New classroom is a living lab
The stiff breeze swaying the nearby trees aside, Cole Parsons, 13, concentrated instead on the task at hand — weighing a glass beaker on a lab balance.
Under the watchful eye of Angela Everett, his middle school science teacher at Triad Baptist Christian Academy, Parsons soon accomplished the mission.
Then class officially began as well as the search and work to answer the day’s big question: which type of soil held the most water: clay, silt, or sand? Instead of a book, video or lecture, Everett used the Academy’s new outdoor classroom to help her students touch and see the answer for themselves.
“I love that the kids can get out of a room with four walls and not just watch, listen or write but learn by doing,” she said. “I hope the students see that learning is part of life and can take place anywhere, not just in a classroom or from reading a book and hearing lecture notes — although there certainly is a place for all of that.
“In our science classes I always try to make what we are learning personally relevant so they learn: ‘How does this apply to us as humans and what difference does this information make in my own life?’ ”
More than two years in the making, the classroom is the first phase of living learning outdoors that could eventually include a greenhouse and more, said the Academy’s director of academics, Rheanne Burkett.
She said that Donna Mannon, the Academy’s education director, has long envisioned an outdoor classroom — an opportunity seen as soon as Triad Baptist Church bought 92 acres of land to further expand its campus in 2014.
“She commissioned Jennifer Locklear, our high school science teacher, to head up a committee to formulate a proposal for the classroom,” Burkett recalled. “I was put on that committee with Jennifer as the administrative liaison, along with the middle school science teacher at the time, Mary Lou Hayes.”
Over the next two years, Burkett said the committee worked to gather ideas and presented its plans for the outdoor classroom to the Academy’s board of directors in spring 2018.
“Flooding showed the initial location wouldn’t work but we found an alternative site, and Wayne Welch (Triad Baptist Church’s maintenance director) and his crew cleared the land for us last spring and we finished the rest of it this summer.”
Burkett credits her husband, Jim, for helping make the lab a reality too.
“He got Holman Fence Company to build and install the fence and the benches, researched and got all the materials, oversaw the work and constructed the shed himself with some assistance from Robert Willard, and Aaron Johnson and his sons.
“I had an idea and asked for Jim’s help to make it happen, and he did,” she said.
Since the outdoor classroom’s official dedication Aug. 1, Everett said she’s used it about five times and has also taken her students on the church’s running and walking trail to help students identify different plants and see tropism in action — the phenomenon when plants turn and grow in response to an external stimulus like the sun.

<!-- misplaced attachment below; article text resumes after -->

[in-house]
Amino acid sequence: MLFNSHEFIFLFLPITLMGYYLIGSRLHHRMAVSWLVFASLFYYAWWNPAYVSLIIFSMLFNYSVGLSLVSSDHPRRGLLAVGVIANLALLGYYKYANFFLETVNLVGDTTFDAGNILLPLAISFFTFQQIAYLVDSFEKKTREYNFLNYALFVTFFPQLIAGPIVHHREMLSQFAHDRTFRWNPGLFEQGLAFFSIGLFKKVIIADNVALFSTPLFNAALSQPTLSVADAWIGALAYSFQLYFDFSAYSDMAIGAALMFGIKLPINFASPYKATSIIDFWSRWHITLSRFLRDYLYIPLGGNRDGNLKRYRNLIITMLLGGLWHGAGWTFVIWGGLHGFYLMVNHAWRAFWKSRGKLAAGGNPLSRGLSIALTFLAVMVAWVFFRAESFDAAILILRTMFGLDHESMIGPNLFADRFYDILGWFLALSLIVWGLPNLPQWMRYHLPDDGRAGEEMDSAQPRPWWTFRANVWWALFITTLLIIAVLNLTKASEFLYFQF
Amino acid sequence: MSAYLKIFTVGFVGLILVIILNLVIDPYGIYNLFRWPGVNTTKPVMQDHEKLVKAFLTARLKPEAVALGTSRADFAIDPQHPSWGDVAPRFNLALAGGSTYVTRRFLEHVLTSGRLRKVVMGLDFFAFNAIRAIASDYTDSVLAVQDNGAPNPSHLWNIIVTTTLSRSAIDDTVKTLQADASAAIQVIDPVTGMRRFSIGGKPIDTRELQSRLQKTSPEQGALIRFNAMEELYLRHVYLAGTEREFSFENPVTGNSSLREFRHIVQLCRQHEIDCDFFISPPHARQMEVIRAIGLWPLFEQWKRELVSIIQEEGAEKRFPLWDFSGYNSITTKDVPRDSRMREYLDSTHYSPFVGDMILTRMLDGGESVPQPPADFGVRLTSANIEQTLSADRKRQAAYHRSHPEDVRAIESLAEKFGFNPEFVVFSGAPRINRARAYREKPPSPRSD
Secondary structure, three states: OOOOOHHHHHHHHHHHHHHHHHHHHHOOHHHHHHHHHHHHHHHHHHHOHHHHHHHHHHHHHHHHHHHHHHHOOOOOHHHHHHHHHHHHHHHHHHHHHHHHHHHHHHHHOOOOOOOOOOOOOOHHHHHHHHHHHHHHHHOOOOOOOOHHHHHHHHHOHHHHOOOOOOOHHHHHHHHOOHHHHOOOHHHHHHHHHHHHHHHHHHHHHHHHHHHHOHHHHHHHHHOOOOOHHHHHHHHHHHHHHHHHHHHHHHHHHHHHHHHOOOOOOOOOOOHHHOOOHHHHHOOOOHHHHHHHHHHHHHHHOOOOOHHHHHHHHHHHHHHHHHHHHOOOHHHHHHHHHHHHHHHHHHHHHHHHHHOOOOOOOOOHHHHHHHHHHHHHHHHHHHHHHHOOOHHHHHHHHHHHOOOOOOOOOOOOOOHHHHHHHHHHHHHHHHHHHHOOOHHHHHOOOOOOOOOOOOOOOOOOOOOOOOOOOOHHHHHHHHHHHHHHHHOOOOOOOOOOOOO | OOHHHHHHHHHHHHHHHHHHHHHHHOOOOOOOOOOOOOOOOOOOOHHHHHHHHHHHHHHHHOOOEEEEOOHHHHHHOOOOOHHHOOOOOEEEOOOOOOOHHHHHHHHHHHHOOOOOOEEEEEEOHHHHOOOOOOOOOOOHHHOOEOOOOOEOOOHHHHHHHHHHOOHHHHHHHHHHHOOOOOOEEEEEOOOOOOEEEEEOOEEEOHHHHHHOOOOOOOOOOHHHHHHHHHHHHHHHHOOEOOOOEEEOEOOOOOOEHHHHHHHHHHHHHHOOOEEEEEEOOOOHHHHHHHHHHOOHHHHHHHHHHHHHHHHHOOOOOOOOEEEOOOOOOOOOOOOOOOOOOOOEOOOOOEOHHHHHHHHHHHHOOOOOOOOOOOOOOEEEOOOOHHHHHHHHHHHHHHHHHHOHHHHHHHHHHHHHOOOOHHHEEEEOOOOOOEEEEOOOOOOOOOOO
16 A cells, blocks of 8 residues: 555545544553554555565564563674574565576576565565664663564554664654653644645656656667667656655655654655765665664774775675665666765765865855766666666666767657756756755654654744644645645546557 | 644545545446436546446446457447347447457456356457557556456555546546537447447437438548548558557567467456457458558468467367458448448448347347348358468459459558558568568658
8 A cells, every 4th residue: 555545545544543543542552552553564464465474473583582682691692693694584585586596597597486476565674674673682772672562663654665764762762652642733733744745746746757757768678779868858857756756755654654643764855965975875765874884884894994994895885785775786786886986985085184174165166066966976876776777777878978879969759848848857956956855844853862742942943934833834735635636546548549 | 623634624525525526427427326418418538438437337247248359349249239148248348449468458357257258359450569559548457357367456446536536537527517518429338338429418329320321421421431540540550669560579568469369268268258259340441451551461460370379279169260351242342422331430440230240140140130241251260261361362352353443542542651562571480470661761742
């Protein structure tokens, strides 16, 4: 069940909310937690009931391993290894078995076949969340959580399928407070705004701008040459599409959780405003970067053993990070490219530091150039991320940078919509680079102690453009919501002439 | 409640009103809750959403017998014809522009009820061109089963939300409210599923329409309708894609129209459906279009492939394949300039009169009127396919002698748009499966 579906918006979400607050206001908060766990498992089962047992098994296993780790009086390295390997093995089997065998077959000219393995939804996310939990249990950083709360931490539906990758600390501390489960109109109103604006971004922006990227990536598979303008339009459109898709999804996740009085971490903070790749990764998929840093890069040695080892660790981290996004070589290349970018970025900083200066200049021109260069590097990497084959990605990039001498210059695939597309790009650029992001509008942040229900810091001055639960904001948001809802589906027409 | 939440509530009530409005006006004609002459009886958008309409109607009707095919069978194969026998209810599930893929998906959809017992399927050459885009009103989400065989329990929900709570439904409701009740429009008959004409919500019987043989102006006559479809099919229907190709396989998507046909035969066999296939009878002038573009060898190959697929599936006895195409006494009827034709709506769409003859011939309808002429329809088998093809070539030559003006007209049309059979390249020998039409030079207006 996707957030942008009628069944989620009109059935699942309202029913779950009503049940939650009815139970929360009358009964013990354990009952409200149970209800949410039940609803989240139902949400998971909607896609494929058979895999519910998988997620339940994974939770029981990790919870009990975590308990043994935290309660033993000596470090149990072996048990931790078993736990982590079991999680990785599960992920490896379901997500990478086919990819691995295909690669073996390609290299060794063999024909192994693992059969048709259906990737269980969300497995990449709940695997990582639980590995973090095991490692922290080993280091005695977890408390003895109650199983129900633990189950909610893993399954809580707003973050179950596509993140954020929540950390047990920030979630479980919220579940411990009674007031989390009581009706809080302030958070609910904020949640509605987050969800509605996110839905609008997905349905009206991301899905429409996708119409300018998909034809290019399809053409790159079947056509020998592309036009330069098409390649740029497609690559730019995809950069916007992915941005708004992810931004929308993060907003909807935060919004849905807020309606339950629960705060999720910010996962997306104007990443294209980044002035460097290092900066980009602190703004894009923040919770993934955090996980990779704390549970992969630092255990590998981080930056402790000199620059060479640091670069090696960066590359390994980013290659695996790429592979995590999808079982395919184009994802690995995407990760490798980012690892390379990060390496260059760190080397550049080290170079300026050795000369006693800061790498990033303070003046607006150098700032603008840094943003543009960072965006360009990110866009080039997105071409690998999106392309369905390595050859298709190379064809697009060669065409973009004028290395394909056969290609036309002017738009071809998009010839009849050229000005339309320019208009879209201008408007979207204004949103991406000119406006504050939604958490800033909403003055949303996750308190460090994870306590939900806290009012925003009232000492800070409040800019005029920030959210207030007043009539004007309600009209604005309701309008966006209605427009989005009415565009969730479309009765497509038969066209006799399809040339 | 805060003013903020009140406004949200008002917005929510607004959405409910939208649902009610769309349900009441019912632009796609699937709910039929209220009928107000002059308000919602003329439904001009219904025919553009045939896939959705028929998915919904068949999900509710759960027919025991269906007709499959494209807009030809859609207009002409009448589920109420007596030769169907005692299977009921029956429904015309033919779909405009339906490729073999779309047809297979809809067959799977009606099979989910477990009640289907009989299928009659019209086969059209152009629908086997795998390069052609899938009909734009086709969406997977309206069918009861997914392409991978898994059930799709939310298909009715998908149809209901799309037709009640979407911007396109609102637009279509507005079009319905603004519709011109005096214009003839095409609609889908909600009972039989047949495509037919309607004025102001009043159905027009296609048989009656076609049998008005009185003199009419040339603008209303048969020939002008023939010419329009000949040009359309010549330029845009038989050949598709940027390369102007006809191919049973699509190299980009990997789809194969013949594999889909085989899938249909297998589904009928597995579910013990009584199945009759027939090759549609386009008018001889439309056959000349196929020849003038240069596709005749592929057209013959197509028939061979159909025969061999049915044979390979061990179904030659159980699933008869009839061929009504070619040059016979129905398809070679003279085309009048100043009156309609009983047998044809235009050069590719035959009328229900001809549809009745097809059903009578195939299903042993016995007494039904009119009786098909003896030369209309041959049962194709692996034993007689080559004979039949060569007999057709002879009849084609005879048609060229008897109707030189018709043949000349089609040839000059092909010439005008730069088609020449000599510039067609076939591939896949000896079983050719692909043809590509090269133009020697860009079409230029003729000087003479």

Academy teachers use a Google calendar to schedule time in the outdoor classroom. Triad Baptist Church groups who want to use the space contact Wendy Fulp, receptionist and secretary to Lead Pastor Rob Decker.
Burkett said that the Academy set up a fund to build the lab from Academy fundraisers. Additional funds will be needed, she said, to add a greenhouse or other ideas for phase two such as a weather station or butterfly garden.
“One of our purposes here is to teach the students the wonders of God in creation,” she said. “This classroom adds a new dimension to that instruction as classes can get out there with their projects and experiments and learn all they can. We hope that each class will adopt a project to be completed in the outdoor classroom to enhance it. The list of possibilities is endless.”
When their outdoor classroom experience was over, Parsons and classmates Jayden Deal and Whitney Ung were all surprised to learn that clay held the most water. They also collected rocks for a future lab session.
“Science labs are interesting but complicated,” Parsons said he learned that day. “The clay was hard to find.”
“It was a very different experience and fun to do,” Deal said. Ung agreed, adding, “It was fun to do something different.”
Everett said that the outdoor classroom seemed an ideal way to teach students about soil types since it offered easy access to the materials needed for study.
“Throughout our unit on rocks and soil I try to remind the students that rocks are important in our lives because sedimentary rock contains the natural resources that we utilize,” she said. “And without healthy soil, we won’t have food. I like to use hands-on experiences to help make these truths real to my students.”